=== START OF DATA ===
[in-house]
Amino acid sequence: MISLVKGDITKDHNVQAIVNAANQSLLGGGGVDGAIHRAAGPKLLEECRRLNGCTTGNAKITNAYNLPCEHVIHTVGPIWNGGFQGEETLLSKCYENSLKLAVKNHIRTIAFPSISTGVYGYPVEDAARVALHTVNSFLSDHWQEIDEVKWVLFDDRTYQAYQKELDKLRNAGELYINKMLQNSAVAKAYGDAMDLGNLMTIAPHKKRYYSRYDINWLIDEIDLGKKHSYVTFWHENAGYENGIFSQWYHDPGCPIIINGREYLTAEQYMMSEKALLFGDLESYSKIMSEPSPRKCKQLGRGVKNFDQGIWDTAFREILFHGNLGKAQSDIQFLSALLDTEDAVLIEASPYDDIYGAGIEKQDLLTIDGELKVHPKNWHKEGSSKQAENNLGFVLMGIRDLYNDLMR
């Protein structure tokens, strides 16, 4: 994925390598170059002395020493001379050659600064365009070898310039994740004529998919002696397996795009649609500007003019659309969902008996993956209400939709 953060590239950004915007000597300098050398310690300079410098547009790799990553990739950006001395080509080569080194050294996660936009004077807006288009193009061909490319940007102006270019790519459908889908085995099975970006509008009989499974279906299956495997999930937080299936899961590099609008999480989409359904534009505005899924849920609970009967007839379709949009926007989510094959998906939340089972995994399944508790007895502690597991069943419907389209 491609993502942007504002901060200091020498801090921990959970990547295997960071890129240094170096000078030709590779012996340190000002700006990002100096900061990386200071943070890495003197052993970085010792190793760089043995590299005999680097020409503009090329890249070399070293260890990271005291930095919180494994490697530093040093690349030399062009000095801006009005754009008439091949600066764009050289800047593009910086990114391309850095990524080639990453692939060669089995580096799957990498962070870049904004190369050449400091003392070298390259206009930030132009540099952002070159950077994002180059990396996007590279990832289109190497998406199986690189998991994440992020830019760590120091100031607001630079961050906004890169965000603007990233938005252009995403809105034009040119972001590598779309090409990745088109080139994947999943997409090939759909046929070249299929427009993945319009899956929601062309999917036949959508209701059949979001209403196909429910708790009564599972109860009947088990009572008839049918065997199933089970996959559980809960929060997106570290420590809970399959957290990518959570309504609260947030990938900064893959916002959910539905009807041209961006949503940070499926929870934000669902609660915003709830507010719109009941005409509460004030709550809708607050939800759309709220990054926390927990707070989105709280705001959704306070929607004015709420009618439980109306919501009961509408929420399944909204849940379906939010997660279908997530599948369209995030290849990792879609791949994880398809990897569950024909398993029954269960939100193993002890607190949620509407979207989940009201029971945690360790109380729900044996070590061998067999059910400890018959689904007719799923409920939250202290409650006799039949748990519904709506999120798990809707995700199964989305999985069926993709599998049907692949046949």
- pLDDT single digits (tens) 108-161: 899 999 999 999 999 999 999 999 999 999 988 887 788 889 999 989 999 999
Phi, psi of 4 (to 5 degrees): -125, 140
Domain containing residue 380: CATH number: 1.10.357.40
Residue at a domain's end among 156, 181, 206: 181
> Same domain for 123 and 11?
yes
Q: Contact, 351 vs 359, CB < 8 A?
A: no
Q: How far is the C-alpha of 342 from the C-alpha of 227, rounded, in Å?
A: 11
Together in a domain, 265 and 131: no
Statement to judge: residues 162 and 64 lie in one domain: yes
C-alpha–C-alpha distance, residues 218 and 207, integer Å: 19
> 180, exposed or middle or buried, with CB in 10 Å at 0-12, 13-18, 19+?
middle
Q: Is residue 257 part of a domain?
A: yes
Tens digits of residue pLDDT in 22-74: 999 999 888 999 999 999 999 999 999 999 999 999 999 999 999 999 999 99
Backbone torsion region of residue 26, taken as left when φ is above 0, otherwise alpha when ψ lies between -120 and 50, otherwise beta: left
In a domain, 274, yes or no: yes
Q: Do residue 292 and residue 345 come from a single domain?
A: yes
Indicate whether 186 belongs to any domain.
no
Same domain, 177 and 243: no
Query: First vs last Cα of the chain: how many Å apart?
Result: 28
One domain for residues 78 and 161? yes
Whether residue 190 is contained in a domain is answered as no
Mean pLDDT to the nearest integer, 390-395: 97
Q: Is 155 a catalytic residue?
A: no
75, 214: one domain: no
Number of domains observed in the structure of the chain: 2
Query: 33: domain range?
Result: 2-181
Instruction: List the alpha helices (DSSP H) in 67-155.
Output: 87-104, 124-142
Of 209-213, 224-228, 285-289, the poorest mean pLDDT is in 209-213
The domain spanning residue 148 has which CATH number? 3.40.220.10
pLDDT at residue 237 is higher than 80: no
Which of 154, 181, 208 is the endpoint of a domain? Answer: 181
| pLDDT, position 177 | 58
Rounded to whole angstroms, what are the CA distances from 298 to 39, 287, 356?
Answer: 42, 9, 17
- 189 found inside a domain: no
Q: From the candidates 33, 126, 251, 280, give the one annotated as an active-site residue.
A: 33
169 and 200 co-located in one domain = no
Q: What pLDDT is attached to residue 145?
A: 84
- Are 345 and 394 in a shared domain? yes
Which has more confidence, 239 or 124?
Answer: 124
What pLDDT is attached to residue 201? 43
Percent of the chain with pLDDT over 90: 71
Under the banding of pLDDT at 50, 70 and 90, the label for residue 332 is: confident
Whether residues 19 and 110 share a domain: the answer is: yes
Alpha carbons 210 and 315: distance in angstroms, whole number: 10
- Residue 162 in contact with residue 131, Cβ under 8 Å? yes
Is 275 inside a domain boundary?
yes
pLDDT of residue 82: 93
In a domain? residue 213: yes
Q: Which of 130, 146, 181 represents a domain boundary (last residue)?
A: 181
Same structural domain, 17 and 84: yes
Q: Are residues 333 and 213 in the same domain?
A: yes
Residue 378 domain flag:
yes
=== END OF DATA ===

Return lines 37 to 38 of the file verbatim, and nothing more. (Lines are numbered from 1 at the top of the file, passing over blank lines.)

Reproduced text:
Number of domains observed in the structure of the chain: 2
Query: 33: domain range?